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MCU Coding Tips

Please factor in the following information when writing your MCU code:

If you need code examples that use the deprecated C++ afLib, download the archive file (.zip).


Don’t Forget to Call af_lib_loop()

This is very basic, but critical: when you write MCU code using afLib2, you must call af_lib_loop() to give afLib2’s state machine time to execute. Without this, afLib2 won’t run, and your code will not interact properly with the Afero Platform components.

You should definitely make a call to af_lib_loop() in your code’s loop() method; and you can call it elsewhere, as well, if you need to ensure that afLib2 is executing frequently enough to support your application.

#include <SPI.h>
#include "af_lib.h"
#include "arduino_spi.h"

// Pin Defines assume Arduino Uno
#define CS_PIN                    10  
#define INT_PIN                   2

boolean shouldGetAttr = true;
af_lib_t *af_lib;

bool attrSetHandler(uint8_t requestId, const uint16_t attributeId, const uint16_t valueLen, const uint8_t *value) {
  // Any application-specific actions
  return true;
}

void attrNotifyHandler(const uint8_t requestId, const uint16_t attributeId, const uint16_t valueLen, const uint8_t *value) {
  // Any application-specific actions
}

void setup() {
  Serial.begin(115200); 

  // Initialize afLib
  af_transport_t* arduinoSPI = arduino_transport_create_spi(CS_PIN);
  af_lib = af_lib_create(attrSetHandler, attrNotifyHandler, arduinoSPI);
  arduino_spi_setup_interrupts(af_lib, digitalPinToInterrupt(INT_PIN));
}

void loop() {
  // Any application-specific actions

  // CRITICAL: Give afLib2 processing time by calling af_lib_loop() in sketch’s loop()
  af_lib_loop(af_lib);
}

Notes:

  • afLib2 requires time slices to process attribute writes.
  • af_lib_loop() performs small amounts of work every time it’s called. A multi-threaded process is emulated on a single-threaded MCU.
  • Call af_lib_loop() as often as possible in your code. If afLib2 has little to do, it returns quickly. Some complex calls, like setAttribute, require multiple loop() calls to finish.
  • IMPORTANT! Calling af_lib_loop() from within callbacks such as attrSetHandler and attrNotifyHandler is NOT supported and will likely result in undesired behavior.
  • When afLib2 is finished with an important task, you’ll get a notify event:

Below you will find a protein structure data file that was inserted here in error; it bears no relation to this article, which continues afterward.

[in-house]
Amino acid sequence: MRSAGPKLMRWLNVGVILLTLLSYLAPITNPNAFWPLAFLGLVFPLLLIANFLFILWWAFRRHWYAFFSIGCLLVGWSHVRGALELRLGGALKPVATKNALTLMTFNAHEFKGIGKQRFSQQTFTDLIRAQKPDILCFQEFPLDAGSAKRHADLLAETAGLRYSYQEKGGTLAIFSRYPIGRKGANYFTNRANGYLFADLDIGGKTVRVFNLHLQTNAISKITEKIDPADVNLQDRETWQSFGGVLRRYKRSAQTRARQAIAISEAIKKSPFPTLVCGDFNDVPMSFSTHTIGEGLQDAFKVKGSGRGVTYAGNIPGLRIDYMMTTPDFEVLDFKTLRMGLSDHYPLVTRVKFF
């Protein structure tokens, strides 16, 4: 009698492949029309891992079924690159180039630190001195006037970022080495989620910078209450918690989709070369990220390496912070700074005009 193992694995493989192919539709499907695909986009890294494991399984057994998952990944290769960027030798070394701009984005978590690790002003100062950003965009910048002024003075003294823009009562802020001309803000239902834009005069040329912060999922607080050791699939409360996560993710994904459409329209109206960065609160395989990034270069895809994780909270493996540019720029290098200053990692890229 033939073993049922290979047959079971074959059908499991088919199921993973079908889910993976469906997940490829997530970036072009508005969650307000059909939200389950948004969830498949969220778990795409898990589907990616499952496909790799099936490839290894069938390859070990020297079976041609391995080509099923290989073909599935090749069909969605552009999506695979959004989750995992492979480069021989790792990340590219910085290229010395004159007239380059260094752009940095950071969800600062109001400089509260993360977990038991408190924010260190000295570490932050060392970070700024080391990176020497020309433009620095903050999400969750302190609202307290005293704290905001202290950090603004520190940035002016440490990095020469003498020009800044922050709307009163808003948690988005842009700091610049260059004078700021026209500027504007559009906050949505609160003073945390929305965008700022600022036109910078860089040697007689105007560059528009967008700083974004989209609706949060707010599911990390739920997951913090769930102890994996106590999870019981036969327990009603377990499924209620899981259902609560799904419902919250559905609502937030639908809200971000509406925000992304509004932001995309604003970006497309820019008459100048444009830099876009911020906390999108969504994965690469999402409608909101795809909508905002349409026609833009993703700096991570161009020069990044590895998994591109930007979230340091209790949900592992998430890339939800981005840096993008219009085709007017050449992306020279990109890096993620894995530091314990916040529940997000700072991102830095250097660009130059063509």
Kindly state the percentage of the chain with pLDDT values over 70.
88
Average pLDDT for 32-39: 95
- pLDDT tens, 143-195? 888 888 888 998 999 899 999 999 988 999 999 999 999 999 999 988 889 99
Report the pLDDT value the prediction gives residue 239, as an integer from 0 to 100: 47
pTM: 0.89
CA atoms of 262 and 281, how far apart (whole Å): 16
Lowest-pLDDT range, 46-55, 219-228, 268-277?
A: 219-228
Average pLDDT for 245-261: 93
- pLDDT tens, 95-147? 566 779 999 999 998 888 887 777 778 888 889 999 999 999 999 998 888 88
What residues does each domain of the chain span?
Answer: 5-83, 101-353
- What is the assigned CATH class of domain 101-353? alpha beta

• attrSetHandler - afLib2 has completed sending data to ASR.
    • attrNotifyHandler - afLib2 has completed receiving data from ASR.
  • Make sure afLib2 has time to complete its work. When doing multiple setAttribute calls, ideally wait for attrSetHandler callback before doing additional writes.
  • If you write faster than afLib2 can process, you can fill its queue and the return code will be:
    AF_ERROR_QUEUE_OVERFLOW   -4  // Queue is full
  • Always check the return code from afLib2 calls. Check for return of AF_SUCCESS.

Adjust the Request Queue Size If Necessary

You may notice that the return value from some afLib2 calls in your MCU code indicates a full request queue (AF_ERROR_QUEUE_OVERFLOW = -4). If you observe this, you should consider increasing the size of the request queue. This value is defined as the REQUEST_QUEUE_SIZE in afLib.h. The default value is 10, but you can safely change that value within the bounds of available memory on your platform.

Robust af_lib_set_attribute*() Calls

All forms of af_lib_set_attribute() provide a return value to indicate whether the set request has been successfully enqueued. Checking this return value and re-trying can make your use of af_lib_set_attribute*() more robust. Here’s a code snippet from the afBlink example sketch that demonstrates some forms of this:

// snip //
bool rebootPending = false;
// snip //


void attrNotifyHandler(const uint8_t requestId, const uint16_t attributeId, const uint16_t valueLen, const uint8_t *value) {

    switch (attributeId) {
        // Update the state of the LED based on the actual attribute value.
        case AF_MODULO_LED:
            moduloLEDIsOn = (*value == 0);
            break;

            // Allow the button on Modulo to control our blinking state.
        case AF_MODULO_BUTTON: {
            uint16_t *buttonValue = (uint16_t *) value;
            if (moduleButtonValue != *buttonValue) {
                moduleButtonValue = *buttonValue;
                blinking = !blinking;
// EXAMPLE 1:
                if (af_lib_set_attribute_bool(af_lib, AF_BLINK, blinking) != AF_SUCCESS) {
                    Serial.println("Could not set BLINK");
                }
            }
        }
            break;

        case AF_SYSTEM_ASR_STATE:
            Serial.print("ASR state: ");
            switch (value[0]) {
                case AF_MODULE_STATE_REBOOTED:
                    Serial.println("Rebooted");
                    break;

                case AF_MODULE_STATE_LINKED:
                    Serial.println("Linked");
                    break;

                case AF_MODULE_STATE_UPDATING:
                    Serial.println("Updating");
                    break;

                case AF_MODULE_STATE_UPDATE_READY:
                    Serial.println("Update ready - need to reboot");
// EXAMPLE 2:
                    rebootPending = true;
                    break;

                default:
                    break;
            }
            break;

        default:
            break;
    }
}

void setModuloLED(bool on) {